``Forty to 50 mph is not unattainable on a bike,'' he said. ``As a cyclist, as your speed goes up, your ability to dodge things and brake properly goes down.''
Likewise, he said, motorists ``have to realize what a bicycle is capable of.''
``People in cars will see a bicycle and pull out in front of it, not realizing that that bicycle can be traveling as fast as another car.''
Both motorists and bicyclists must have ``absolutely mutual respect for the laws,'' Hodges said. ``If everybody would follow the letter of the law there wouldn't be too many issues.''
According to the Kansas Highway Patrol, bicycles must obey the same rules of the road as motor vehicles.
It is legal for bicyclists to ride two abreast in a road lane, as long as it does not impede the flow of traffic, Combest said.
Kansas law states that bicyclists ``shall ride as near to the right side of the roadway as practicable'' except when passing another vehicle, making a left turn or to avoid other obstacles in the lane near the right side.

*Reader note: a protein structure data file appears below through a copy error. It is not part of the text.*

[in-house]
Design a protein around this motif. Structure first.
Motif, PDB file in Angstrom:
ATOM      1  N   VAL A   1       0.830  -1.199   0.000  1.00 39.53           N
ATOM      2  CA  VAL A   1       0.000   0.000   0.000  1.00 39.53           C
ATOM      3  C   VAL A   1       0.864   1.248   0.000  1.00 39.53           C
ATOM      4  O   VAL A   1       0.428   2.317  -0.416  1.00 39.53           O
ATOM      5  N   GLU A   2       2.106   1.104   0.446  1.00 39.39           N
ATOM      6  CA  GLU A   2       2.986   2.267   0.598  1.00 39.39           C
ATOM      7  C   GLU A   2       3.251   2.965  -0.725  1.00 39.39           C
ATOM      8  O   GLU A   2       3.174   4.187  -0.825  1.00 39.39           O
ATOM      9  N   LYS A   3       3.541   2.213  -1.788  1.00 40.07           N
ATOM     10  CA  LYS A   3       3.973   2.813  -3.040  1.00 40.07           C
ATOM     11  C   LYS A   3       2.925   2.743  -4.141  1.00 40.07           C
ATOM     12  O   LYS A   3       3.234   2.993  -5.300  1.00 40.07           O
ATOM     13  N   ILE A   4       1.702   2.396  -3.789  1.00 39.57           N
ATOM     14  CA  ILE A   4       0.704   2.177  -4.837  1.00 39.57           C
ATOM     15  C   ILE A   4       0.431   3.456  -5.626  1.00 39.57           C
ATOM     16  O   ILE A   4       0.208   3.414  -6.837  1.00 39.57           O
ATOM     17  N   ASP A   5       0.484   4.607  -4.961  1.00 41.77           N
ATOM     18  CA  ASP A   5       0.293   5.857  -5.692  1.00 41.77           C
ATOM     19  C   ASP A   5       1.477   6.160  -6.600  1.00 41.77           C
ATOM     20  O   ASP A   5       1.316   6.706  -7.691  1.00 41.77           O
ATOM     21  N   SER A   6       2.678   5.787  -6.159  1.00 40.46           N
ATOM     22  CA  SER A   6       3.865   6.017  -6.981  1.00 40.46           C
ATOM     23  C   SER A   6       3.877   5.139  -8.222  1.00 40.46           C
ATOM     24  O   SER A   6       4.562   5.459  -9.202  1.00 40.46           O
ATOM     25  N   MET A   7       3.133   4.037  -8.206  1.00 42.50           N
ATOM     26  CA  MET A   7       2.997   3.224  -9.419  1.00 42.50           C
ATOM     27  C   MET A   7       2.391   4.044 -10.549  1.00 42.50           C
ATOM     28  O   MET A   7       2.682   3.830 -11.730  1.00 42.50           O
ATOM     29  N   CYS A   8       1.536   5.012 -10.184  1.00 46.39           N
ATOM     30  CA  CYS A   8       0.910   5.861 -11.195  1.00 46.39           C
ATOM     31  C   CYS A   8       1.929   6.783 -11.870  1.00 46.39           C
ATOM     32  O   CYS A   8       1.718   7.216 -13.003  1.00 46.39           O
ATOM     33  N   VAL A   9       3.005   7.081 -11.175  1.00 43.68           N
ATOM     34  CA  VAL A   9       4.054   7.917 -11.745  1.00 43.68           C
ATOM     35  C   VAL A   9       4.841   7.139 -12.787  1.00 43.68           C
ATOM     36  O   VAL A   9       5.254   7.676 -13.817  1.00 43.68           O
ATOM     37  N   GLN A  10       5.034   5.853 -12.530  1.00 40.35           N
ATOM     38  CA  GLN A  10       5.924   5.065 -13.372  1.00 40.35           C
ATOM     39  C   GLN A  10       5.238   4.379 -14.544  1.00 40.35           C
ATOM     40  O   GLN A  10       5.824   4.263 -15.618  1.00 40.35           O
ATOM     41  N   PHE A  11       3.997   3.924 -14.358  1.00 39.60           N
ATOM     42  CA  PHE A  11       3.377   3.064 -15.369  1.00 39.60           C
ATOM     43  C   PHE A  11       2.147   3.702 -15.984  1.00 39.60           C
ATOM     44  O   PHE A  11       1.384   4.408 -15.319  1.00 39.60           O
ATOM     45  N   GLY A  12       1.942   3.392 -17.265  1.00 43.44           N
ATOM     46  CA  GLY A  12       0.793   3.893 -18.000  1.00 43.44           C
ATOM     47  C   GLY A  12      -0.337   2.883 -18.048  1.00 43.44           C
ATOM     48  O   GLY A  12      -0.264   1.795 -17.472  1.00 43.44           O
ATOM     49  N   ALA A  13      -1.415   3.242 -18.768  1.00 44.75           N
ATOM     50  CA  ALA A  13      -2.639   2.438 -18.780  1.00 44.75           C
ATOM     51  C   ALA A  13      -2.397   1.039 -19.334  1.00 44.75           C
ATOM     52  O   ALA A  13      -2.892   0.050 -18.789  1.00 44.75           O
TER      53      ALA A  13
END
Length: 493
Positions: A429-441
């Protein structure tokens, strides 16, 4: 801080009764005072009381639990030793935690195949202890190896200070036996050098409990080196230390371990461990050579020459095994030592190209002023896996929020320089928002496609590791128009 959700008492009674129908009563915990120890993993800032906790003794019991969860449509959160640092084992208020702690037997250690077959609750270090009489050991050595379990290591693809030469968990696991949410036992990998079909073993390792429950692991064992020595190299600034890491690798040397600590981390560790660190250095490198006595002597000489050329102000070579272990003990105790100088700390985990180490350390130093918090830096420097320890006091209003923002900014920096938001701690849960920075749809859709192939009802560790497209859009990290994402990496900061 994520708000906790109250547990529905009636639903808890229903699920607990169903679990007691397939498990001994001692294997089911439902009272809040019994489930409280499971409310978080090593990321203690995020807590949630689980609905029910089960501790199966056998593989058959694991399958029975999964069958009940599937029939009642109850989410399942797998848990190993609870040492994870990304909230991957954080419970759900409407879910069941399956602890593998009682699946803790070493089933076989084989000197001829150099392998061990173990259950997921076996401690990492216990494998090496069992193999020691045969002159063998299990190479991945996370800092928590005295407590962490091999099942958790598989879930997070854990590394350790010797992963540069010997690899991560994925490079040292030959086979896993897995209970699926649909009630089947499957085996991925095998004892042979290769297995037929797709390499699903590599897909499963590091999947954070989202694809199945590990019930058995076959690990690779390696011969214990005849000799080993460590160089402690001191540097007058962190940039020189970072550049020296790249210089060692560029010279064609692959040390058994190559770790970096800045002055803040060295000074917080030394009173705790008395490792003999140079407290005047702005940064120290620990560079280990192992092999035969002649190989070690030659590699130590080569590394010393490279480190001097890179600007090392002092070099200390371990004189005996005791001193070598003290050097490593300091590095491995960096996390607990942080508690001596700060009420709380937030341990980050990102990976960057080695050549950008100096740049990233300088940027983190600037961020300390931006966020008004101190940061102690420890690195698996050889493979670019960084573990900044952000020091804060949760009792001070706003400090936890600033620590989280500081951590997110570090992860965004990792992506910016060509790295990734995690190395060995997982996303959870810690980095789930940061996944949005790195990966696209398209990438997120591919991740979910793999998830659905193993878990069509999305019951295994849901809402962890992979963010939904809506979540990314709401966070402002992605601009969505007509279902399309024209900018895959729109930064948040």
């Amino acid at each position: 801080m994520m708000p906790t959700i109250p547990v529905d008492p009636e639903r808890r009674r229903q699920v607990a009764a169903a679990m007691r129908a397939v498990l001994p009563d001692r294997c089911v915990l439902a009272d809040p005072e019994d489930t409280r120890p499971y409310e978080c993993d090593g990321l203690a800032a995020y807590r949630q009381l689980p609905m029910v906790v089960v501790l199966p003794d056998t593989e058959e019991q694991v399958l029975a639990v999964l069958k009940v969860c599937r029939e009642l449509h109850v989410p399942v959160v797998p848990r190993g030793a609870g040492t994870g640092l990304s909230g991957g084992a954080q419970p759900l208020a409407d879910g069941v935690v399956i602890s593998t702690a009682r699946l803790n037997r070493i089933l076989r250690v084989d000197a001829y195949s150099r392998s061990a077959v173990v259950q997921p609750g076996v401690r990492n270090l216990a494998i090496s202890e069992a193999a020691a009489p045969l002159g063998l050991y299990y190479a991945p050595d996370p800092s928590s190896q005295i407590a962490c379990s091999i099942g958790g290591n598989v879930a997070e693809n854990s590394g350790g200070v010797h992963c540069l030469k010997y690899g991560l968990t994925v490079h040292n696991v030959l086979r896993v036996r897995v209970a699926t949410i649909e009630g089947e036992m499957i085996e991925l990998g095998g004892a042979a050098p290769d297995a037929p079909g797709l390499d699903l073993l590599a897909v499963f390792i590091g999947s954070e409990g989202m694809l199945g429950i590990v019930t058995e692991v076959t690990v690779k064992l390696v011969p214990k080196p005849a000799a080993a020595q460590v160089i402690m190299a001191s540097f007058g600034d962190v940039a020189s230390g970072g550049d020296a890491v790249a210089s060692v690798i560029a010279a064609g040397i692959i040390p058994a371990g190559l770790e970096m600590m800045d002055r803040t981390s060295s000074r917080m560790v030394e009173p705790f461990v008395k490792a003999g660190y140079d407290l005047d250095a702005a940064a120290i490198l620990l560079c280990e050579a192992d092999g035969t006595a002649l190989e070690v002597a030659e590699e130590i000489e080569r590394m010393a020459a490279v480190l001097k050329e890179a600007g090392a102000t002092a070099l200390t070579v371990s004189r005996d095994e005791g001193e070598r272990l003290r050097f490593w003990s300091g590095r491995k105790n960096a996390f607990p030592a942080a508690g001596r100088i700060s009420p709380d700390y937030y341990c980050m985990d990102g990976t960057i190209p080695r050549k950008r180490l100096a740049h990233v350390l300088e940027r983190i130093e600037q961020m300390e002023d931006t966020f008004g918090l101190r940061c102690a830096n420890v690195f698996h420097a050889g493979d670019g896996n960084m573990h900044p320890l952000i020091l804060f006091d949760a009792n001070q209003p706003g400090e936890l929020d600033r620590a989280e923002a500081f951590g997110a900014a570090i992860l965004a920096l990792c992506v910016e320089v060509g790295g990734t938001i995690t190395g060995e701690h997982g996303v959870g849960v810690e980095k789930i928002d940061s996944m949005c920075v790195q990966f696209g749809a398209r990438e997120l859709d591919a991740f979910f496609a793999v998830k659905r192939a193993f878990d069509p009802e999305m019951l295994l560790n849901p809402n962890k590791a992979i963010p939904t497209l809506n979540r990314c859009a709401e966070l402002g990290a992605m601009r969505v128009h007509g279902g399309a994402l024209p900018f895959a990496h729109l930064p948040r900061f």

``The really big thing is to try to get people who live in Lawrence to have an attitude change of how people drive their cars and bicycles, and how people get along with each other,'' Comfort said.
Measures such as ``Share the Road Signs,'' he said, ``can't do anything by itself, but just by getting motorists to change their attitudes about cyclists and other motorists is a big deal.
``I think it's having an effect already,'' he said.
-- Michael Dekker's phone message number is 832-7187. His e-mail address is email@example.com.